Georgia at the Intersection of Education and Aging

We’re seeing more grandparents and children, with fewer folks in between.

By Kelly McCutchen

KELLY McCUTCHEN President, Georgia Public Policy Foundation

Georgia and the rest of the country are experiencing a significant demographic change: We’re seeing more grandparents and children, with fewer folks in between.

The Census Bureau projects that Georgia’s elderly population will nearly double between 2010 and 2030. Meanwhile, the number of children ages 5-17 is predicted to rise by 26 percent. This shift will place a serious strain on a decreasing percentage of working-age adults.

Georgia has one of the most generous retirement exclusions for income tax purposes in the nation ($130,000 per couple) and, in many counties, those over 65 are exempted from school taxes. So Georgia’s anticipated 1 million-plus increase of retirement-age residents will be particularly significant as state and local budgets struggle to provide quality health care services for the elderly and education for the young.

A report by Dr. Matt Ladner of the Foundation for Excellence in Education (ExcelinEd) addresses this demographic shift and examines how well Georgia is prepared for the coming storm. The report, “At the Intersection of Education & Aging: Baby Boomer Retirement, Student Enrollment Growth and the Future of Georgia Education,” suggests how Georgia can prepare today’s students to become the innovative and skilled citizens needed to overcome the challenges of tomorrow.

Preparing students for college and careers: Georgia and the rest of the world face the challenge of developing a modern workforce equipped to excel in 21st-century jobs. How well our schools prepare today’s students for the challenges ahead will determine Georgia’s fate.

Knowing that many young Georgians lack crucial skills, Georgia Gov. Nathan Deal created the High Demand Career Initiative (HDCI). State partners involved in training Georgia’s future workforce – primarily universities and technical colleges – hear directly from the private sector about degrees, certificates and skillsets needed for future jobs.

Expanding on this, ExcelinEd’s report suggests awarding school bonuses for high school students earning college credit by exam and/or high-demand professional certifications. Florida has used this strategy successfully; Georgia could also greatly benefit.

For example, Florida ranked second in the nation on the overall increase in Advanced Placement passing rates between 2003 and 2013. And while passing is important, even students who take but fail AP exams show more persistence in college. In 2013, Georgia students took 523 AP exams per 1,000 junior and senior students, while Florida rate was 712.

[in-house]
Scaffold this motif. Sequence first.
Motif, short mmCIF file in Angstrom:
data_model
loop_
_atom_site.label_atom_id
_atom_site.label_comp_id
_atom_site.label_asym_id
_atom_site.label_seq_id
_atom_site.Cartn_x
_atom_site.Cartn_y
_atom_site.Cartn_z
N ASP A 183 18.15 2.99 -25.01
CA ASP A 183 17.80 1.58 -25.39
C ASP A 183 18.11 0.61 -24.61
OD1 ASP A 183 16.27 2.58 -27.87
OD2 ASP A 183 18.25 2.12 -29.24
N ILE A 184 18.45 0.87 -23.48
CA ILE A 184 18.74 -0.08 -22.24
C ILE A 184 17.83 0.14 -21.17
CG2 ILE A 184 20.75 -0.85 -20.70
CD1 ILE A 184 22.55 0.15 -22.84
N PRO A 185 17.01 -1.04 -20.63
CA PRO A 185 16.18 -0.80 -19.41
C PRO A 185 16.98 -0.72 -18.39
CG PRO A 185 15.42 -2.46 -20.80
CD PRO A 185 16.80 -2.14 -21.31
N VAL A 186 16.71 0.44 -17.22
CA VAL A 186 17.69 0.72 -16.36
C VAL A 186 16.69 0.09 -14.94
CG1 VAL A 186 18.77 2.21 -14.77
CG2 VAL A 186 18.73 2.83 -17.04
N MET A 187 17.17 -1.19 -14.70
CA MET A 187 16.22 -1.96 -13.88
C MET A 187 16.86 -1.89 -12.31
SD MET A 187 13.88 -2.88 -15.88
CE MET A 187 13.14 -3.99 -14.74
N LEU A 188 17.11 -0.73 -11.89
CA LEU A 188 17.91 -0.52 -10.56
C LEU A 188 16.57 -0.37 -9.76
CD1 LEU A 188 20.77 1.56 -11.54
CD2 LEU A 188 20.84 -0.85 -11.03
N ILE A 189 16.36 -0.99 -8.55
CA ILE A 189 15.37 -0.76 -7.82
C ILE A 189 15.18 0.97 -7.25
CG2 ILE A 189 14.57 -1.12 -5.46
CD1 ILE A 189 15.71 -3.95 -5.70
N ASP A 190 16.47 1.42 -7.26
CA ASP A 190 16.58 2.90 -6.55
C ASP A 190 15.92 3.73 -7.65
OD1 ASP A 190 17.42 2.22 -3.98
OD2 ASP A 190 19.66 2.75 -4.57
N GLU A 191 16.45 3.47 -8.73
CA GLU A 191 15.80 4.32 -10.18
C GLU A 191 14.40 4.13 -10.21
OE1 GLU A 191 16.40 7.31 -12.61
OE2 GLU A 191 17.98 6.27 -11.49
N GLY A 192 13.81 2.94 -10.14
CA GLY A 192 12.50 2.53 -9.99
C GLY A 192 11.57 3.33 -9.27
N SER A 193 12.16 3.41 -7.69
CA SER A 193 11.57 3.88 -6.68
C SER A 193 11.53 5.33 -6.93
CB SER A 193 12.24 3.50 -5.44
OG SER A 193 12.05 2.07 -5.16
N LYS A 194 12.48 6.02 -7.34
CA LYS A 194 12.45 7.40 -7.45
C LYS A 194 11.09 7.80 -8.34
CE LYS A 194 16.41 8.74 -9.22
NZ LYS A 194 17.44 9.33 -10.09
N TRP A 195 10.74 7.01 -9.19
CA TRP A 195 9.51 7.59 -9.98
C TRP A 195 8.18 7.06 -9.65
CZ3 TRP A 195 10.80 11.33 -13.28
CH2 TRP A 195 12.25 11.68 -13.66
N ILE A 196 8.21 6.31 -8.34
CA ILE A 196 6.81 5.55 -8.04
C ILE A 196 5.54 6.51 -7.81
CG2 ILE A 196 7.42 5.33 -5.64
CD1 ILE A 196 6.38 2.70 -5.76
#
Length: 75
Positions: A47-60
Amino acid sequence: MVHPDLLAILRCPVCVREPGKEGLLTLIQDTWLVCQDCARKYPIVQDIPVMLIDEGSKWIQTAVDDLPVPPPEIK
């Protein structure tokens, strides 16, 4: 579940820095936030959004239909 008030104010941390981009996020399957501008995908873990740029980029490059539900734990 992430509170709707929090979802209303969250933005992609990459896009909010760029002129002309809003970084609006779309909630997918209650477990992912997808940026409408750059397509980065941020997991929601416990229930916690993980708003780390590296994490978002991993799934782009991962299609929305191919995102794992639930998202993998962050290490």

Improving public schools: Governor Deal’s Education Reform Commission reinforces Georgia’s quest for bold and innovative ways to prepare students. Earlier this year, the group urged legislators to equitably fund charter schools, a desperately needed move; such facilities currently are excluded from most government capital funding programs.

In that vein, ExcelinEd’s report recommends ways to turn around underperforming public schools through the creation of an Opportunity School District, reach more students with high-quality charter school options, and enhance academic achievement for students. Policies sparked by the Commission could be the beginning of the strategic change that will protect Georgia from the coming demographic “storm.”

Offering Education Savings Accounts: Currently, just one in three of Georgia’s special education students graduates from high school. ExcelinEd’s report suggests Education Savings Accounts (ESAs) can address this troubling issue, offering Georgia parents the opportunity to select the best education for their child.

ESAs place the state dollars designated for a child’s education into a special account that parents can use to cover the cost of customized learning. This allows parents to find the right courses, schools, programs and services to meet their child’s unique learning needs.

In the coming years, Georgia will face a historic challenge. If policy-makers act now with innovative and visionary change, we can equip all students with a high-quality education at a price taxpayers can afford.

To view streaming online video of the March 2016 Leadership Breakfast with Dr. Matt Ladner, go to

Kelly McCutchen is President of the Georgia Public Policy Foundation, an independent think tank that proposes market-oriented approaches to public policy to improve the lives of Georgians. Nothing written here is to be construed as necessarily reflecting the view of the Georgia Public Policy Foundation or as an attempt to aid or hinder the passage of any bill before the U.S. Congress or the Georgia Legislature.

© Georgia Public Policy Foundation (April 8, 2016). Permission to reprint in whole or in part is hereby granted, provided the author and his affiliations are cited.

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